You should go with a credit union if:
- You want your say. A credit union is a nonprofit, membership-run financial institution. This means that when you become a member, you own part of the bank. Once you join, you automatically get voting privileges to elect the board of directors. So in a sense, if you don't like their management, you can vote them out.
- You want better service. Because of this member-run and voting system, credit union members tend to be more satisfied with the customer service than customers of big banks.
- You want higher interest rates and lower fees. A credit union is a nonprofit, which means the profits go back to the members, which results in higher interest rates and lower fees. The best rates for savings accounts can often be found in credit unions, according to this list by GoBankingRates. Fees also tend to be lower in credit unions, and free checking accounts still exist. In a Bankrate survey, 72 percent of credit unions offered free checking account, while only 39 percent of banks did.
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You should go with a bank if:
- You don't want to do the research to find a credit union. You will have to do your research to see what credit union you're eligible to join because many have specific requirements. You can't just walk into a branch, just like with big banks, and sign up for an account. However, there are plenty of online tools that help make the search easier like NerdWallet's Credit Union Finder.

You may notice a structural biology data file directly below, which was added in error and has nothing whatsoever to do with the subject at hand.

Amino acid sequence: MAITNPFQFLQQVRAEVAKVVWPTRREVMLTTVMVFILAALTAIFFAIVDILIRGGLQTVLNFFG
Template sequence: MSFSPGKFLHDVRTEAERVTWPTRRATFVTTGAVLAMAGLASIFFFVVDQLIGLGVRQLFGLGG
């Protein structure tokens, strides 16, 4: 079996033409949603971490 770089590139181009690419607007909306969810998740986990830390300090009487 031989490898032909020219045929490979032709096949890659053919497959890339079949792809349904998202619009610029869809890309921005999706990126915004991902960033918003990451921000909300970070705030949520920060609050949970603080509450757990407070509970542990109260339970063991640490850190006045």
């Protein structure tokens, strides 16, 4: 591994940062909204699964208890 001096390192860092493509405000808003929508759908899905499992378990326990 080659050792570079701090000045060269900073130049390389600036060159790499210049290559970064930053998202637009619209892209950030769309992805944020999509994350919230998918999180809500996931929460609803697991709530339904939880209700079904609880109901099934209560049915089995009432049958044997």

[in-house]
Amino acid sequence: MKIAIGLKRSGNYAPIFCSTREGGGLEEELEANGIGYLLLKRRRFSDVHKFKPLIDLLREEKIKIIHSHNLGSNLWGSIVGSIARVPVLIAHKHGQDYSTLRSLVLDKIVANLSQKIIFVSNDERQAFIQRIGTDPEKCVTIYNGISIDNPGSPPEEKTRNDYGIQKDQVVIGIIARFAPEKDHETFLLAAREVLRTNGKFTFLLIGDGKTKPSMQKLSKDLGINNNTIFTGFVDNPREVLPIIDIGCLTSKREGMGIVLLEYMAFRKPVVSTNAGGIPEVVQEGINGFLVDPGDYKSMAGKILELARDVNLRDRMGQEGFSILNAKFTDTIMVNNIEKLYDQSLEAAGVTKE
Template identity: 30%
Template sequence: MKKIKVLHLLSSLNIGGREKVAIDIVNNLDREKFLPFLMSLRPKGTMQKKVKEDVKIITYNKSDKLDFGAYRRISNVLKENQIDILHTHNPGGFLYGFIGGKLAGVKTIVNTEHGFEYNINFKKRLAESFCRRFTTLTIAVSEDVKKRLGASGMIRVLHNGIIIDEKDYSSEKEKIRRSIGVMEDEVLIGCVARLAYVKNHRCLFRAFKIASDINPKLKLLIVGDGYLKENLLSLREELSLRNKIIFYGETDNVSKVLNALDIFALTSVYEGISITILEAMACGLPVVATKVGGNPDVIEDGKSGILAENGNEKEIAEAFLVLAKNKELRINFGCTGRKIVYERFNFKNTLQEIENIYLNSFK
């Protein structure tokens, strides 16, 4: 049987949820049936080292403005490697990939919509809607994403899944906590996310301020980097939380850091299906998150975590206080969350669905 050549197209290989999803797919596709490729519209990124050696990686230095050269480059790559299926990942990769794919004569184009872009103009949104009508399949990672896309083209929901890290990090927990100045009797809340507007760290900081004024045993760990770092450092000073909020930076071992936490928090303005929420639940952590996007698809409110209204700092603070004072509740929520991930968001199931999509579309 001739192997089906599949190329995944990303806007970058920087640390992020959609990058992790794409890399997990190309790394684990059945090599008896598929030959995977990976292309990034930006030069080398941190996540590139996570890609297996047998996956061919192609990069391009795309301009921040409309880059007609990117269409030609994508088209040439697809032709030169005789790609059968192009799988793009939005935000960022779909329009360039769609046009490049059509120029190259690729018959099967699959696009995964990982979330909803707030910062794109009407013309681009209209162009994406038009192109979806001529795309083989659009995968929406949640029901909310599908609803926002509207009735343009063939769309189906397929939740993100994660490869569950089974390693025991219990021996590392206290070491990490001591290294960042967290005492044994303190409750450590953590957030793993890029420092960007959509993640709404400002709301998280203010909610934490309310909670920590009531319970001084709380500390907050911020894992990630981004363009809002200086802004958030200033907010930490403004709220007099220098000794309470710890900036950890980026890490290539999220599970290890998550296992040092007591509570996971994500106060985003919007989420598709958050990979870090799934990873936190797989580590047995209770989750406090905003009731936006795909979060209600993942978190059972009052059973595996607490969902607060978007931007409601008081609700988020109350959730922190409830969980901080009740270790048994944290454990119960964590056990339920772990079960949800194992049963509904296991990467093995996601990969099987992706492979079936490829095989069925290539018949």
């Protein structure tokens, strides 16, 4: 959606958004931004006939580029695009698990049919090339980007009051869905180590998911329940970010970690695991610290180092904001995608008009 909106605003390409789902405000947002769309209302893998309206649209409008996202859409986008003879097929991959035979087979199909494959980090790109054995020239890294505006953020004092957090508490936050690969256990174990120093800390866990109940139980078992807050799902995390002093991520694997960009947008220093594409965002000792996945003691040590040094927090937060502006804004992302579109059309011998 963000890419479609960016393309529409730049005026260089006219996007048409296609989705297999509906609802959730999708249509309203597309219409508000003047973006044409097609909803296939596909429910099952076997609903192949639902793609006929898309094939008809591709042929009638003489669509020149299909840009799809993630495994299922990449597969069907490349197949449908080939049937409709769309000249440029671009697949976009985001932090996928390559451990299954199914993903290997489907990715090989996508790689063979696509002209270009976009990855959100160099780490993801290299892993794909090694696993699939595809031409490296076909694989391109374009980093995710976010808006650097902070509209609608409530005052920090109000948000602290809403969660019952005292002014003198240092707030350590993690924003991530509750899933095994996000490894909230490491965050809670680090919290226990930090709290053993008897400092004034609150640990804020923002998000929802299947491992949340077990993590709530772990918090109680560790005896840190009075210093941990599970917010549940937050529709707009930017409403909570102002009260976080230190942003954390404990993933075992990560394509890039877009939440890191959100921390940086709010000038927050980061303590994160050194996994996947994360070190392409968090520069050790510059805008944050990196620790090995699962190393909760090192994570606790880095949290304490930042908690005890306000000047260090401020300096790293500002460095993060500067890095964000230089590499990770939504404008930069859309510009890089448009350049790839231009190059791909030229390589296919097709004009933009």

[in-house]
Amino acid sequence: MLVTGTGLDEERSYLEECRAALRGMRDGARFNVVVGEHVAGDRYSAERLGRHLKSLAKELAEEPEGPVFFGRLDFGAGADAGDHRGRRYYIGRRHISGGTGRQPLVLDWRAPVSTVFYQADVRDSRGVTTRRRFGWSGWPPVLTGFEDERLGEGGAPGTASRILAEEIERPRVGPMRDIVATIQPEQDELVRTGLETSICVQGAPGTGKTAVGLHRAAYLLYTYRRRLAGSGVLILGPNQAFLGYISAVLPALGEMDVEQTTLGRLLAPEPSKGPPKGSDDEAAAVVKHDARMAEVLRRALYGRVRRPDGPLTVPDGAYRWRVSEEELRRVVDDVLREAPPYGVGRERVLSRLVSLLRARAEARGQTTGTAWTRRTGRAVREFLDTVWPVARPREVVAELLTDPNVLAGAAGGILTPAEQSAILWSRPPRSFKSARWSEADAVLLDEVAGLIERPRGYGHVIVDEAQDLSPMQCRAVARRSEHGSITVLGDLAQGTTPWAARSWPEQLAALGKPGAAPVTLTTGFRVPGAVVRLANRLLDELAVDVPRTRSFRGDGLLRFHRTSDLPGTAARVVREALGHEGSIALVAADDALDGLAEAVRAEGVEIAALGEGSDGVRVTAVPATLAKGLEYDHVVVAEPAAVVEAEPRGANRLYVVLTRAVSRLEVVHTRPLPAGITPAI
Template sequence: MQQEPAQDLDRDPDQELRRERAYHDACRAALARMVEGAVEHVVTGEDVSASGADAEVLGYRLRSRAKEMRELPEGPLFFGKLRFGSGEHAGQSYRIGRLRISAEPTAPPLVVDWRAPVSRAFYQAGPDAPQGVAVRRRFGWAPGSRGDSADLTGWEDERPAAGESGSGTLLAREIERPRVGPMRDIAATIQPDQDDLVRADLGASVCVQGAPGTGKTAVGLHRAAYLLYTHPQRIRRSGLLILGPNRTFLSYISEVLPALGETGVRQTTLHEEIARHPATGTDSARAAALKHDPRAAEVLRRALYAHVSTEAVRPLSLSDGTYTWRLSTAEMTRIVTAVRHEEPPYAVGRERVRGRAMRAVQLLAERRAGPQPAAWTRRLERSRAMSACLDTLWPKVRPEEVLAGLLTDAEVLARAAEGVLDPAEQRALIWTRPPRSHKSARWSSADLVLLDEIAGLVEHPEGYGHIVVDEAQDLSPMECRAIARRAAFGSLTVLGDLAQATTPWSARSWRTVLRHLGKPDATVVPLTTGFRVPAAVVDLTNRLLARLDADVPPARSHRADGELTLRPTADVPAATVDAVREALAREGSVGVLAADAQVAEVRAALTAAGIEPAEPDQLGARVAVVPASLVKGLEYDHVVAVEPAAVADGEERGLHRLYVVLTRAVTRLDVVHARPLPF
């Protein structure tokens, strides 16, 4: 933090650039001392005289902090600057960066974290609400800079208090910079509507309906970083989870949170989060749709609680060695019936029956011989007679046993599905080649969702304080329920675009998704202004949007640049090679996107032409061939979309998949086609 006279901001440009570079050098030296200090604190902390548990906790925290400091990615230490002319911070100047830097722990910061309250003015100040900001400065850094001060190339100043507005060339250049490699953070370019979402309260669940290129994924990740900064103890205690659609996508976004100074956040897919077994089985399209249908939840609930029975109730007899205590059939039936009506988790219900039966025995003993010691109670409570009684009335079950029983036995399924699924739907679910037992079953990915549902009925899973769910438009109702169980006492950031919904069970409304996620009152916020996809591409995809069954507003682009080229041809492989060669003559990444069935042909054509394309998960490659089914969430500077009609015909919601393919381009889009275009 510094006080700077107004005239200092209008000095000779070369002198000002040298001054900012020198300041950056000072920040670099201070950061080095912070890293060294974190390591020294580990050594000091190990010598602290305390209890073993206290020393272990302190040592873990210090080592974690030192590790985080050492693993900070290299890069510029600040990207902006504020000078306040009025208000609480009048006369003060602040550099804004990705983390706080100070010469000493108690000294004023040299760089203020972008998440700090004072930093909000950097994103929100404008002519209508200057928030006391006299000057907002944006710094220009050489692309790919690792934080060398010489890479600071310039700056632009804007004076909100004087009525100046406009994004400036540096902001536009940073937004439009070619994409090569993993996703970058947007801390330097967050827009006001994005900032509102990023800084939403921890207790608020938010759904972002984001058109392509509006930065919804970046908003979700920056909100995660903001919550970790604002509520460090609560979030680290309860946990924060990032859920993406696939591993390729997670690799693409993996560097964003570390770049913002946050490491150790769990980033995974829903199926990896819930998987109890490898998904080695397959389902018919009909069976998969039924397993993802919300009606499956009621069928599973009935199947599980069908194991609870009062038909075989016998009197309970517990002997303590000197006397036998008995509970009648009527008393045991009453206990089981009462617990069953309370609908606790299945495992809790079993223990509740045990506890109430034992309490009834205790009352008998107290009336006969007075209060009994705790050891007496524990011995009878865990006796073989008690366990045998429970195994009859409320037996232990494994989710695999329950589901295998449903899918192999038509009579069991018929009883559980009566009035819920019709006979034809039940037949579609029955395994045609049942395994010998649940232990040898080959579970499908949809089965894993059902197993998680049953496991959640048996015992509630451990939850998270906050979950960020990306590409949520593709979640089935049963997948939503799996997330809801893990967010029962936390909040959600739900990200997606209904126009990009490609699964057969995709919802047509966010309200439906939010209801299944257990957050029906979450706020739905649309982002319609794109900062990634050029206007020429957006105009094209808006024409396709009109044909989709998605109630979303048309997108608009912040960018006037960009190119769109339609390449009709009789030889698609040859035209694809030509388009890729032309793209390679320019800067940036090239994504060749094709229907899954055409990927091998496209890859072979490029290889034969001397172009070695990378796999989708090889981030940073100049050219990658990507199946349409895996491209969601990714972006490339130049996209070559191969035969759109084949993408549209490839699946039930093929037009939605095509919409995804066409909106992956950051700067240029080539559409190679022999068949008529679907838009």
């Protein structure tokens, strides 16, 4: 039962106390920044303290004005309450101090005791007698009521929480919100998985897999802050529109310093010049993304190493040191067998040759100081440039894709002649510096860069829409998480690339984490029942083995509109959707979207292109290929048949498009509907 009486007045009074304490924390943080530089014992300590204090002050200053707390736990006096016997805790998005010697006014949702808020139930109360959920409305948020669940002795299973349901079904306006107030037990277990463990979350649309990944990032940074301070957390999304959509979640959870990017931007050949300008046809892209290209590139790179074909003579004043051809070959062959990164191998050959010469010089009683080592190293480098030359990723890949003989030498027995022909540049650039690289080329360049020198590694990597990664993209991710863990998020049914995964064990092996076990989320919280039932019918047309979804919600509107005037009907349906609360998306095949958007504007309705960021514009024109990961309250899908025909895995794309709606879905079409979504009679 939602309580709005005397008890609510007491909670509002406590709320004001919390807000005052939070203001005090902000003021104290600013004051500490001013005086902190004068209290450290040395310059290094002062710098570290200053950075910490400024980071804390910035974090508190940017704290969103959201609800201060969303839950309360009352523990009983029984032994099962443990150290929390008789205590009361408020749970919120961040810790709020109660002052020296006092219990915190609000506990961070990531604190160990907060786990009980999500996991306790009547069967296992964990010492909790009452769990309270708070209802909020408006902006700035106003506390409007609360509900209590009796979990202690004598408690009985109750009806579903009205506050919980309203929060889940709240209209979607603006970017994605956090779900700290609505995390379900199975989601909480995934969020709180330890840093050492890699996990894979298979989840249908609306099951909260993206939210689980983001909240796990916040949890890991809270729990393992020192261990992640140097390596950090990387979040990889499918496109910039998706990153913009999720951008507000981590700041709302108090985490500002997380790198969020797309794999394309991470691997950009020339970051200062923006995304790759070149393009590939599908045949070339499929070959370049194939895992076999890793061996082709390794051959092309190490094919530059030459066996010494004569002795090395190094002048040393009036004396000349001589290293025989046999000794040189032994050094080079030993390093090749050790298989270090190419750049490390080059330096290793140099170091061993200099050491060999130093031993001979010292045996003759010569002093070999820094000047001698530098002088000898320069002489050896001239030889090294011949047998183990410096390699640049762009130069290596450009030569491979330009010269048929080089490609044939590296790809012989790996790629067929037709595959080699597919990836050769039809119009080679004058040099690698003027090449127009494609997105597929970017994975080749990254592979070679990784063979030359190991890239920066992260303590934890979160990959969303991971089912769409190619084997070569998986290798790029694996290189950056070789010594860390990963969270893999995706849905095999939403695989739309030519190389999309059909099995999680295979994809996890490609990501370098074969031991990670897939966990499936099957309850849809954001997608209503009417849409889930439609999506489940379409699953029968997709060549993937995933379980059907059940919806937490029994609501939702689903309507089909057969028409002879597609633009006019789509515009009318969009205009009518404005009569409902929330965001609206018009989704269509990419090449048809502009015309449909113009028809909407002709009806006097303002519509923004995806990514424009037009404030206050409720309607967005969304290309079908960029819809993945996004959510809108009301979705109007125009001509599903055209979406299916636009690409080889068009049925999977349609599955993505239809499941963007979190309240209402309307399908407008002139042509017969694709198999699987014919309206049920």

- You don't want to track down ATMs and branches. Although many credit unions belong to a network of ATMs and branches that are bigger than national banks, you will have to do a little bit of research to find out where they are located, especially when you're traveling. It won't be as mindless as spotting that iconic red and blue Bank of America ATM or bank on your way to the hotel.
- You want to put more money in your account. There are usually caps in how much money you can put in credit unions, and the limits tend to be lower than big banks. If you have a higher net worth, you may also want access to private wealth management, which credit unions don't offer.
There are definitely more pros and cons when it comes to choosing between a bank and credit union, and they are pretty similar in some ways, too. But if what you prioritize is better rates and service, you should probably explore the option of credit unions.